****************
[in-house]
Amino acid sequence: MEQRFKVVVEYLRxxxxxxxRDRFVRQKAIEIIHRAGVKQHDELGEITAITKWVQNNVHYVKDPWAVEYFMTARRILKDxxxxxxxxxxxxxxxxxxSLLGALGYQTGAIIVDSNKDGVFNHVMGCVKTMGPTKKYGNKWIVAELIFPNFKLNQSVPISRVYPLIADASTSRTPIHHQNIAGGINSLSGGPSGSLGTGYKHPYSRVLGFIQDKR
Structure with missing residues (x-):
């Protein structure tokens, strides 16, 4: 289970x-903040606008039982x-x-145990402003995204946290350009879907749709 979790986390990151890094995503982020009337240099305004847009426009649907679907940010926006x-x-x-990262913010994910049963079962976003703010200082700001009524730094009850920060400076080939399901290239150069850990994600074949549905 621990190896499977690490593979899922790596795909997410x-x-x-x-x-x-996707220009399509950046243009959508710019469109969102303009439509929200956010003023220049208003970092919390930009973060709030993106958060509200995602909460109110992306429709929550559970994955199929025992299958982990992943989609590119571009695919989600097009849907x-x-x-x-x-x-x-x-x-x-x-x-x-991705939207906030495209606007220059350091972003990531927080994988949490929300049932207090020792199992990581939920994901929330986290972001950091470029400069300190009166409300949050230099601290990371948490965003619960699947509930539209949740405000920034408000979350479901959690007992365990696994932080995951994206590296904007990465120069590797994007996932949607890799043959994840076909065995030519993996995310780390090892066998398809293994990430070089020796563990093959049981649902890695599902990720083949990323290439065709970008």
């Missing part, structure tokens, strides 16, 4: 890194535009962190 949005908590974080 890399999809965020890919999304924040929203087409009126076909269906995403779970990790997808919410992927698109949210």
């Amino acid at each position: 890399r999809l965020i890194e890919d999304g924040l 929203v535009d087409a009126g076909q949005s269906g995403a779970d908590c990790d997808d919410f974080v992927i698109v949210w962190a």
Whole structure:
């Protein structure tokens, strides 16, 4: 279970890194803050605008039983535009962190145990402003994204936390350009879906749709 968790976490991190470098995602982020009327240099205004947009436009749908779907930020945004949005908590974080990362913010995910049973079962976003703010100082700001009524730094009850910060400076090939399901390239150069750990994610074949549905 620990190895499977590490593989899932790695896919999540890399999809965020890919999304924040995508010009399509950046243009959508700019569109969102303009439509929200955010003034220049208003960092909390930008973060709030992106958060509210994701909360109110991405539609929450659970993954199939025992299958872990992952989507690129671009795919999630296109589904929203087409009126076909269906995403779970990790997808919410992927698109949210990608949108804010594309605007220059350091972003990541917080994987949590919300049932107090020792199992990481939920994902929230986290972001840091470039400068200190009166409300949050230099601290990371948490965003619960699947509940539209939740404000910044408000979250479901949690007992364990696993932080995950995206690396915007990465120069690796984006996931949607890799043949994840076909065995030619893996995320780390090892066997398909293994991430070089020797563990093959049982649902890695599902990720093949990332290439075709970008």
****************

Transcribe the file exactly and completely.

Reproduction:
[in-house]
Amino acid sequence: MEQRFKVVVEYLRxxxxxxxRDRFVRQKAIEIIHRAGVKQHDELGEITAITKWVQNNVHYVKDPWAVEYFMTARRILKDxxxxxxxxxxxxxxxxxxSLLGALGYQTGAIIVDSNKDGVFNHVMGCVKTMGPTKKYGNKWIVAELIFPNFKLNQSVPISRVYPLIADASTSRTPIHHQNIAGGINSLSGGPSGSLGTGYKHPYSRVLGFIQDKR
Structure with missing residues (x-):
């Protein structure tokens, strides 16, 4: 289970x-903040606008039982x-x-145990402003995204946290350009879907749709 979790986390990151890094995503982020009337240099305004847009426009649907679907940010926006x-x-x-990262913010994910049963079962976003703010200082700001009524730094009850920060400076080939399901290239150069850990994600074949549905 621990190896499977690490593979899922790596795909997410x-x-x-x-x-x-996707220009399509950046243009959508710019469109969102303009439509929200956010003023220049208003970092919390930009973060709030993106958060509200995602909460109110992306429709929550559970994955199929025992299958982990992943989609590119571009695919989600097009849907x-x-x-x-x-x-x-x-x-x-x-x-x-991705939207906030495209606007220059350091972003990531927080994988949490929300049932207090020792199992990581939920994901929330986290972001950091470029400069300190009166409300949050230099601290990371948490965003619960699947509930539209949740405000920034408000979350479901959690007992365990696994932080995951994206590296904007990465120069590797994007996932949607890799043959994840076909065995030519993996995310780390090892066998398809293994990430070089020796563990093959049981649902890695599902990720083949990323290439065709970008």
């Missing part, structure tokens, strides 16, 4: 890194535009962190 949005908590974080 890399999809965020890919999304924040929203087409009126076909269906995403779970990790997808919410992927698109949210």
């Amino acid at each position: 890399r999809l965020i890194e890919d999304g924040l 929203v535009d087409a009126g076909q949005s269906g995403a779970d908590c990790d997808d919410f974080v992927i698109v949210w962190a």
Whole structure:
């Protein structure tokens, strides 16, 4: 279970890194803050605008039983535009962190145990402003994204936390350009879906749709 968790976490991190470098995602982020009327240099205004947009436009749908779907930020945004949005908590974080990362913010995910049973079962976003703010100082700001009524730094009850910060400076090939399901390239150069750990994610074949549905 620990190895499977590490593989899932790695896919999540890399999809965020890919999304924040995508010009399509950046243009959508700019569109969102303009439509929200955010003034220049208003960092909390930008973060709030992106958060509210994701909360109110991405539609929450659970993954199939025992299958872990992952989507690129671009795919999630296109589904929203087409009126076909269906995403779970990790997808919410992927698109949210990608949108804010594309605007220059350091972003990541917080994987949590919300049932107090020792199992990481939920994902929230986290972001840091470039400068200190009166409300949050230099601290990371948490965003619960699947509940539209939740404000910044408000979250479901949690007992364990696993932080995950995206690396915007990465120069690796984006996931949607890799043949994840076909065995030619893996995320780390090892066997398909293994991430070089020797563990093959049982649902890695599902990720093949990332290439075709970008």